Another Muslim suspect has been arrested in connection to the brutal caught-on-camera beating of a Jewish man during a rally around Times Square nearly two years ago, prosecutors said.
Mohammed Said Othman, 28, was arrested Thursday morning and later arraigned on an indictment in connection to the May 20, 2021, attack on Joseph Borgen – who was knocked to the ground, punched, kicked, pepper-sprayed, struck with crutches, and assailed with antisemitic statements on Broadway near West 49th Street.
He was charged with first-degree gang assault and third-degree assault as a hate crime, according to the indictment.
During the arraignment, Judge Juan Merchan set bail at $75,000 cash. Prosecutors had requested a higher bail – $200,000 cash – and for Said Othman to surrender his passport. He will next appear in court on March 9.
Another man named Mohammed Othman – Said Othman’s younger brother – was previously arrested in connection to the attack, police sources said.
Waseem Awawdeh, Mahmoud Musa, and Faisal Elezzi were also charged with the crime.
At his arraignment, prosecutors said Awawdeh told jailers he had no regrets. “If I could do it again, I would do it again,” he said. “I have no problem doing it again.”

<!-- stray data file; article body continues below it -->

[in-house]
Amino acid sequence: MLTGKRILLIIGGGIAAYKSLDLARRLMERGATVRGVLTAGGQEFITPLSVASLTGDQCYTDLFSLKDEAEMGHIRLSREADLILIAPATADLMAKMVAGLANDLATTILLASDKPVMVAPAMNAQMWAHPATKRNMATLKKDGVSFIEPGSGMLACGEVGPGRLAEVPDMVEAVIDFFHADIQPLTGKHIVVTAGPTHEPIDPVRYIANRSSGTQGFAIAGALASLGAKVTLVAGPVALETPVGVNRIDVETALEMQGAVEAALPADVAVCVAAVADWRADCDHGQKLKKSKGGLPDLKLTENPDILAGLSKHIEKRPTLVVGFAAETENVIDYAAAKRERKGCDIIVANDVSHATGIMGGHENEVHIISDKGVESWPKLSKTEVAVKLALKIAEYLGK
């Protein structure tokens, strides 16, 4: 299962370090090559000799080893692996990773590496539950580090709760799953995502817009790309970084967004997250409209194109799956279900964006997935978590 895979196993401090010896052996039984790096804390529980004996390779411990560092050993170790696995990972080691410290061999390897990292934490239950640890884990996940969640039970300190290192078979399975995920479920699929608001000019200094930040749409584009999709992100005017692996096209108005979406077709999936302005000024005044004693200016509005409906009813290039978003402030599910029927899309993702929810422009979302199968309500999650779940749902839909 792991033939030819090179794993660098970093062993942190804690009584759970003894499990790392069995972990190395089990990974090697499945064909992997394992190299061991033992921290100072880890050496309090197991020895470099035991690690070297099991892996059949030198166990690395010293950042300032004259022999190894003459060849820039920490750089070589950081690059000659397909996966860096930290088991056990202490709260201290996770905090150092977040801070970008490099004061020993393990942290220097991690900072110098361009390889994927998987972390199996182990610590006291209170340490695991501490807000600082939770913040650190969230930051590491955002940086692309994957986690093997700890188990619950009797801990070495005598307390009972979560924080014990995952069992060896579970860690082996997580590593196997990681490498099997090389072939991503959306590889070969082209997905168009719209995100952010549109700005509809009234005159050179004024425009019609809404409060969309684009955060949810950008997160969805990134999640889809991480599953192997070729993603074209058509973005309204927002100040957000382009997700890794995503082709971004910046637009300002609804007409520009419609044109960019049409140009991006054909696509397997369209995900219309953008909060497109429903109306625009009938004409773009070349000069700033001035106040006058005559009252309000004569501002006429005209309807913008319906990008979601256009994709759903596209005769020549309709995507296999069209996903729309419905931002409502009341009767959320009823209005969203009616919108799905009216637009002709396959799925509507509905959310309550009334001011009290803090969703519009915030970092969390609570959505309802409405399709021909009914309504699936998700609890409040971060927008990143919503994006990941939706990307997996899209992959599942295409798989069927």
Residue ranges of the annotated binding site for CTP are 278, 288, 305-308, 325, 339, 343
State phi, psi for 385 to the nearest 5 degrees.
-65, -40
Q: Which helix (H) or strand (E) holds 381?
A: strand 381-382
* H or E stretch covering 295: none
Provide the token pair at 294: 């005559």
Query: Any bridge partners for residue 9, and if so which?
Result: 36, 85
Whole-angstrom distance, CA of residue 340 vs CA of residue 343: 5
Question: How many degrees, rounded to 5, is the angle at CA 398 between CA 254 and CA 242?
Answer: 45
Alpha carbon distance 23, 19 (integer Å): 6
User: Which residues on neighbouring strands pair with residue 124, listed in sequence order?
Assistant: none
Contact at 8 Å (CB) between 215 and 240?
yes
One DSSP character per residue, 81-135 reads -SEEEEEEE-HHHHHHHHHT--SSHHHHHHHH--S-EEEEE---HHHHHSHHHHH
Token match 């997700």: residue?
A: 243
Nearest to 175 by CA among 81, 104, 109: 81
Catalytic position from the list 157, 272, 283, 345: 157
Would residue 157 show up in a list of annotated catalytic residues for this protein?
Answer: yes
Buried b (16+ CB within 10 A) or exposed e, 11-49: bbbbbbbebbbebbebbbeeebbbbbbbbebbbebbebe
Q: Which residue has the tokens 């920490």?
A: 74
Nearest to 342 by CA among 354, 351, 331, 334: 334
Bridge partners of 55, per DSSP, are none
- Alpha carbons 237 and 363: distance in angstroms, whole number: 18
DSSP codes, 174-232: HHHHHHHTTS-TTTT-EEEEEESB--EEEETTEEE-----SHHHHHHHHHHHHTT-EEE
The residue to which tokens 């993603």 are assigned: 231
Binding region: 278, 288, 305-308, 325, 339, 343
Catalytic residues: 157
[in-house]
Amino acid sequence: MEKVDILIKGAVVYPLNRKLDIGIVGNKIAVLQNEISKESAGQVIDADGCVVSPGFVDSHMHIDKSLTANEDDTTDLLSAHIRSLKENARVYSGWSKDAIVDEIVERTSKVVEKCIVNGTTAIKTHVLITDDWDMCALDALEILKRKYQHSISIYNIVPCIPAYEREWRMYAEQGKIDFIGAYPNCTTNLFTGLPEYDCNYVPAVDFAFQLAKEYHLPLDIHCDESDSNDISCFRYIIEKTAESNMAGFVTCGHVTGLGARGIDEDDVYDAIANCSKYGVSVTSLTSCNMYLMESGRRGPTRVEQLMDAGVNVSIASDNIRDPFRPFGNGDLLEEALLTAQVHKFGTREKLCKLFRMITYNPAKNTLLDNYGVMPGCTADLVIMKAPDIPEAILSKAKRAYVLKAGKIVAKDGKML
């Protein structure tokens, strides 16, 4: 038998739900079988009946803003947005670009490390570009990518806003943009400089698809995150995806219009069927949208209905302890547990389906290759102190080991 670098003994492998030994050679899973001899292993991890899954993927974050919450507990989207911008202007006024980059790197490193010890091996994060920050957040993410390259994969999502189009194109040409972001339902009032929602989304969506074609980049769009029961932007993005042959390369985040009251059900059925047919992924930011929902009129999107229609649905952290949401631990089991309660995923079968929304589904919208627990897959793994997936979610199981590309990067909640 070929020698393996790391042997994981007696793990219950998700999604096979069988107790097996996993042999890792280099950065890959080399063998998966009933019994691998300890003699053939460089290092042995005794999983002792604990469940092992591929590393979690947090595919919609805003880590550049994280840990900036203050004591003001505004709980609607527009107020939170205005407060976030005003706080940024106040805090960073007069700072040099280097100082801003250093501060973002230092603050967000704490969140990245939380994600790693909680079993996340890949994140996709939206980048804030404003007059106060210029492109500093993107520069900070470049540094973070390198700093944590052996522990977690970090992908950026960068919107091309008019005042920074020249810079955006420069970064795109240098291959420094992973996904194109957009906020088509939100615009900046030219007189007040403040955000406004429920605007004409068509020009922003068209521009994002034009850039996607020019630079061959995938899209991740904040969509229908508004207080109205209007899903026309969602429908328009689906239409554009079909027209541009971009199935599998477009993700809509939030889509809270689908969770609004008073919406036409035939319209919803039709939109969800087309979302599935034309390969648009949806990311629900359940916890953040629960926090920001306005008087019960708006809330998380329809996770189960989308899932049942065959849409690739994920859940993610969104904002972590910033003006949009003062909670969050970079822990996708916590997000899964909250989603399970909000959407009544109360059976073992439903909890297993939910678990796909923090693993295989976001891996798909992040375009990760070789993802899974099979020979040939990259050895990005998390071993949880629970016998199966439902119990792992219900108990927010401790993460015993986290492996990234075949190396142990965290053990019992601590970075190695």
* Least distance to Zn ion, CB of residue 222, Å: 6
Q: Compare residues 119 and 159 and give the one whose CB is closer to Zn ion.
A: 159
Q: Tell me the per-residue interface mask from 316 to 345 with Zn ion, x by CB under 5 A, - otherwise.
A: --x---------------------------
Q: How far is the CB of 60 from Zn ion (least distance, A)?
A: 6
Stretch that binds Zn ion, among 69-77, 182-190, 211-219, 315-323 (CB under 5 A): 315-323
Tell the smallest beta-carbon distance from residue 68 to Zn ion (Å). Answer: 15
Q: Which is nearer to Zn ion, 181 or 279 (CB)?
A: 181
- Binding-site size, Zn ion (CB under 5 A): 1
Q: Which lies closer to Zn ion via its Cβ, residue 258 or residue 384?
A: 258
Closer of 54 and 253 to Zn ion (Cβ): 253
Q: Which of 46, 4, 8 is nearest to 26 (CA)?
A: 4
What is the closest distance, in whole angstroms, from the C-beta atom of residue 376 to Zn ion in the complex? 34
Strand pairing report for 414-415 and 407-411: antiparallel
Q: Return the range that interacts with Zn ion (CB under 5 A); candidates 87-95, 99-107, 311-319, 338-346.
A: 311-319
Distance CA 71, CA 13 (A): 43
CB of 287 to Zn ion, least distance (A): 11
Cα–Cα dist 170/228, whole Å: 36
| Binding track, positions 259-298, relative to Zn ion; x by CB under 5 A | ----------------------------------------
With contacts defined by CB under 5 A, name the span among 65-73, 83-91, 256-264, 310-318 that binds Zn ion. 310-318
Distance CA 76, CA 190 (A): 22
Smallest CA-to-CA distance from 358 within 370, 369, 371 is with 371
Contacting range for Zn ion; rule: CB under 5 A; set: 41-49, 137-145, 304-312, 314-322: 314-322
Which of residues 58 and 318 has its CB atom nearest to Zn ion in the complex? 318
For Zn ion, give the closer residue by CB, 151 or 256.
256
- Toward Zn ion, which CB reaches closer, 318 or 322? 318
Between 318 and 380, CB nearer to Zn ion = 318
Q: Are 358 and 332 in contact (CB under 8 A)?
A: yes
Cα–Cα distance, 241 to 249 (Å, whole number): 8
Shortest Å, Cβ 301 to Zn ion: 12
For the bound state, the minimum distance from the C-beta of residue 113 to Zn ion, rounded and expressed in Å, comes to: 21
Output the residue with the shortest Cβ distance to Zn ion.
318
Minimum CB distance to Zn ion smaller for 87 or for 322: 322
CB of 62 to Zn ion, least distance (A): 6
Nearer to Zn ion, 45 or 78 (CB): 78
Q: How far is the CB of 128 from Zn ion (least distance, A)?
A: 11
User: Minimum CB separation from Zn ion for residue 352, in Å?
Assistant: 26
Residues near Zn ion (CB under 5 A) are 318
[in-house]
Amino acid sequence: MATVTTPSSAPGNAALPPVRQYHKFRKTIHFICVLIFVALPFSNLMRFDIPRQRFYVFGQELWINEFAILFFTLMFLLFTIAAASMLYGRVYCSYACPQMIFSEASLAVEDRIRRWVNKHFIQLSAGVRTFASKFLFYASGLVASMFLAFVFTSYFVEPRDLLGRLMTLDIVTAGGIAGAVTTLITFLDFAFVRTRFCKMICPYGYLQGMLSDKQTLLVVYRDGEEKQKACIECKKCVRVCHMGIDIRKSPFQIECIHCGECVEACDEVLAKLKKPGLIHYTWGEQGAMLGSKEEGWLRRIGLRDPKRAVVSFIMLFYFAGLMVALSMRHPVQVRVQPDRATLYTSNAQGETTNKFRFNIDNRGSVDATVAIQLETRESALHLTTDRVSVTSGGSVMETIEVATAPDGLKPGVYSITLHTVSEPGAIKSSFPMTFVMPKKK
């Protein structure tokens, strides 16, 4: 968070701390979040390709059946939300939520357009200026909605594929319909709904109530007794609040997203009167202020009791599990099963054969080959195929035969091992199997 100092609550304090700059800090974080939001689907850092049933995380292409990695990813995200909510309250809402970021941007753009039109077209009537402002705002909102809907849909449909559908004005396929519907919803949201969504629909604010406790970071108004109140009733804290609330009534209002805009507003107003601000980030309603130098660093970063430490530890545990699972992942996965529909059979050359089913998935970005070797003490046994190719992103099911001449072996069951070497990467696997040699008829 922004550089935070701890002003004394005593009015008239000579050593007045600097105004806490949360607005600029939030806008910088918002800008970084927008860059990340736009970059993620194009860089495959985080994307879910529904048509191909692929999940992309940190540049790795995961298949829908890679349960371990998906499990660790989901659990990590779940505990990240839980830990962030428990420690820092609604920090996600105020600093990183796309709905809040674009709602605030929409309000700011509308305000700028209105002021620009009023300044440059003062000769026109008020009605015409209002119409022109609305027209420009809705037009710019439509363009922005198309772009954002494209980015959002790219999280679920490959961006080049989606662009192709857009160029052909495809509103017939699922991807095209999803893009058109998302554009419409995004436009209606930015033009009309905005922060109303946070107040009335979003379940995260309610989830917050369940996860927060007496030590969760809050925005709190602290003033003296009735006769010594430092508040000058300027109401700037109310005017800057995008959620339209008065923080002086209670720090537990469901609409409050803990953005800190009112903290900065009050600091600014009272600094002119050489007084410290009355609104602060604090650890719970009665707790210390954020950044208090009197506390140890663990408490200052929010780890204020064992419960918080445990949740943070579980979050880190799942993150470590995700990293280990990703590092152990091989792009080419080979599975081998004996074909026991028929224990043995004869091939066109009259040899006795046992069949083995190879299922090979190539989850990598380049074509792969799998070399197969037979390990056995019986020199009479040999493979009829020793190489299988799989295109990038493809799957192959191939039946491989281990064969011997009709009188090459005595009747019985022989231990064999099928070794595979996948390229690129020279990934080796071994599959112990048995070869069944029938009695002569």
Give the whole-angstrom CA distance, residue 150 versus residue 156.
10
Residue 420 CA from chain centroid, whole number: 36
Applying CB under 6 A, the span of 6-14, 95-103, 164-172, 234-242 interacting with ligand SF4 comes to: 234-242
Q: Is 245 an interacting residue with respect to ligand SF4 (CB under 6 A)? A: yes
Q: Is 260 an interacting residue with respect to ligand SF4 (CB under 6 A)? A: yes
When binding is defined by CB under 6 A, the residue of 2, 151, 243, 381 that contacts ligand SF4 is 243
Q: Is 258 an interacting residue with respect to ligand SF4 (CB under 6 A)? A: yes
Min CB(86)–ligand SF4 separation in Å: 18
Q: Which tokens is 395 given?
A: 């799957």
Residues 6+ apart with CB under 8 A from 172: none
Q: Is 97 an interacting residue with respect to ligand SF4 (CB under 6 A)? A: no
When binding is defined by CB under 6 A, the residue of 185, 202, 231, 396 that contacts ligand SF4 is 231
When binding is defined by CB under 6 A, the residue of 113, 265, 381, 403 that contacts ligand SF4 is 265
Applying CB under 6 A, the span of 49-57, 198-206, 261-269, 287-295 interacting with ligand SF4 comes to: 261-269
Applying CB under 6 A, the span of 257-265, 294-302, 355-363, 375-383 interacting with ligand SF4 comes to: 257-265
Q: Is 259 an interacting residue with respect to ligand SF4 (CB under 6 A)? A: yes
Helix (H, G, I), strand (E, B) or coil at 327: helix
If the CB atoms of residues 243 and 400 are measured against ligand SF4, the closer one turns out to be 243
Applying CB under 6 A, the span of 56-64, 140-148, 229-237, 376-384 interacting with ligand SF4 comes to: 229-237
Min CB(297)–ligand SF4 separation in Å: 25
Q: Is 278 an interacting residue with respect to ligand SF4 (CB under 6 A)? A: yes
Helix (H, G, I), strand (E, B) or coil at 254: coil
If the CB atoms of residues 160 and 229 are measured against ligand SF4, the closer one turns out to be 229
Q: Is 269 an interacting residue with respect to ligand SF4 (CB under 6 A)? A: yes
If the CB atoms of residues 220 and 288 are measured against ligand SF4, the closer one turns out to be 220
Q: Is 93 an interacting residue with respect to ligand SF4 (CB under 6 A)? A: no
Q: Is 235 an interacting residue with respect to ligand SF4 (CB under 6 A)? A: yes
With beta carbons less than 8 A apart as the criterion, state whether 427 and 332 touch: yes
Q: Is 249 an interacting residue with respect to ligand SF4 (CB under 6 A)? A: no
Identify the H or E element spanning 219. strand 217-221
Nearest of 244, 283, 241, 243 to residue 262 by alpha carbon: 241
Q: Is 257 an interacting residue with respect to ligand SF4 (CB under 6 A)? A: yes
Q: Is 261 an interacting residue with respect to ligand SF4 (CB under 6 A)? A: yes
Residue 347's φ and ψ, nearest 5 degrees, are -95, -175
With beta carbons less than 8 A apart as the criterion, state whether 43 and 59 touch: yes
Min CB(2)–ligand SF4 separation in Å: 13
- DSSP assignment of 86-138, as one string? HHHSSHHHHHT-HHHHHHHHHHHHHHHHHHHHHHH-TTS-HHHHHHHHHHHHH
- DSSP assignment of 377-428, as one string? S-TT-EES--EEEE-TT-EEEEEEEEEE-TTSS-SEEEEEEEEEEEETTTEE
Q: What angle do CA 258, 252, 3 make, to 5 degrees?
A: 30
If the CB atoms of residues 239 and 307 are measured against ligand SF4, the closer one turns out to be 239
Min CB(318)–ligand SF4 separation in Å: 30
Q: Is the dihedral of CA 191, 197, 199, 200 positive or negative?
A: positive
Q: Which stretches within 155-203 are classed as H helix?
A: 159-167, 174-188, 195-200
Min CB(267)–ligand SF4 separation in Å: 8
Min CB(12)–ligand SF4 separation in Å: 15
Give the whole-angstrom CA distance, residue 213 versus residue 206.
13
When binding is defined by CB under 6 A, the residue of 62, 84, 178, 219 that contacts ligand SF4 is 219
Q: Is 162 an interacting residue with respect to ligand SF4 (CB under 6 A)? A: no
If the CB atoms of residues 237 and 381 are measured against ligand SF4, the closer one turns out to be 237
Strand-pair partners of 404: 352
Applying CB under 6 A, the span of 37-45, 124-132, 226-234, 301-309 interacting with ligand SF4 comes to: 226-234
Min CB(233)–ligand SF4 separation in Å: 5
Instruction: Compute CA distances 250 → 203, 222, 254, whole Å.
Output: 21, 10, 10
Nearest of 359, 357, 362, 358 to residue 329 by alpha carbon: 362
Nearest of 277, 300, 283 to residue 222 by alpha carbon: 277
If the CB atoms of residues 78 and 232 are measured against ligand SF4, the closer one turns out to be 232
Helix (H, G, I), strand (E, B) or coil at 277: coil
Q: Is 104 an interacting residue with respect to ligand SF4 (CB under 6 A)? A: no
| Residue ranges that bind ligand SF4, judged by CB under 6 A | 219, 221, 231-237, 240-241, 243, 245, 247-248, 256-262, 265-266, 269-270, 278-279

However, the Manhattan DA’s office granted Awawdeh a cushy six-month plea deal offer. That would be a slap on the wrist compared to the up to seven years he would face if convicted of the charges, including attempted assault as a hate crime, at trial.
A spokesperson for Bragg’s office previously defended the deal, claiming Awawdeh did not initiate the attack but rather was the sixth person to join and left before it was over. In addition, the spokesperson noted that Awawdeh is charged with beating the victim with his crutch but did not pepper-spray, punch or kick Borgen and has no prior convictions.
“We do this in all of our cases, a kind of individualized justice depending upon a person’s role in the charged conducts,” Manhattan DA Alvin Bragg told Jewish Insider last week. “We’re looking specifically at the person, the crime, and the person’s role in the crime.”
But the prosecutor added that “we take these cases extraordinarily seriously.” “That sort of hate has no place in Manhattan.”
Borgen recalled the assault in an interview with The Post a day after it happened.
I tried to get away, and the next thing I knew, I was surrounded by a whole crowd of people who proceeded to kick me, punch me, beat me down,” Borgen said. “I felt a liquid being poured on my face, and at first, I thought I was getting urinated on, but it turned out I was getting maced and pepper-sprayed.”
“My face was on fire,” he added. “That pain was worse than the concussion and all this other stuff that followed.” He said he was forced “to second guess wearing a yarmulke in public” after the attack.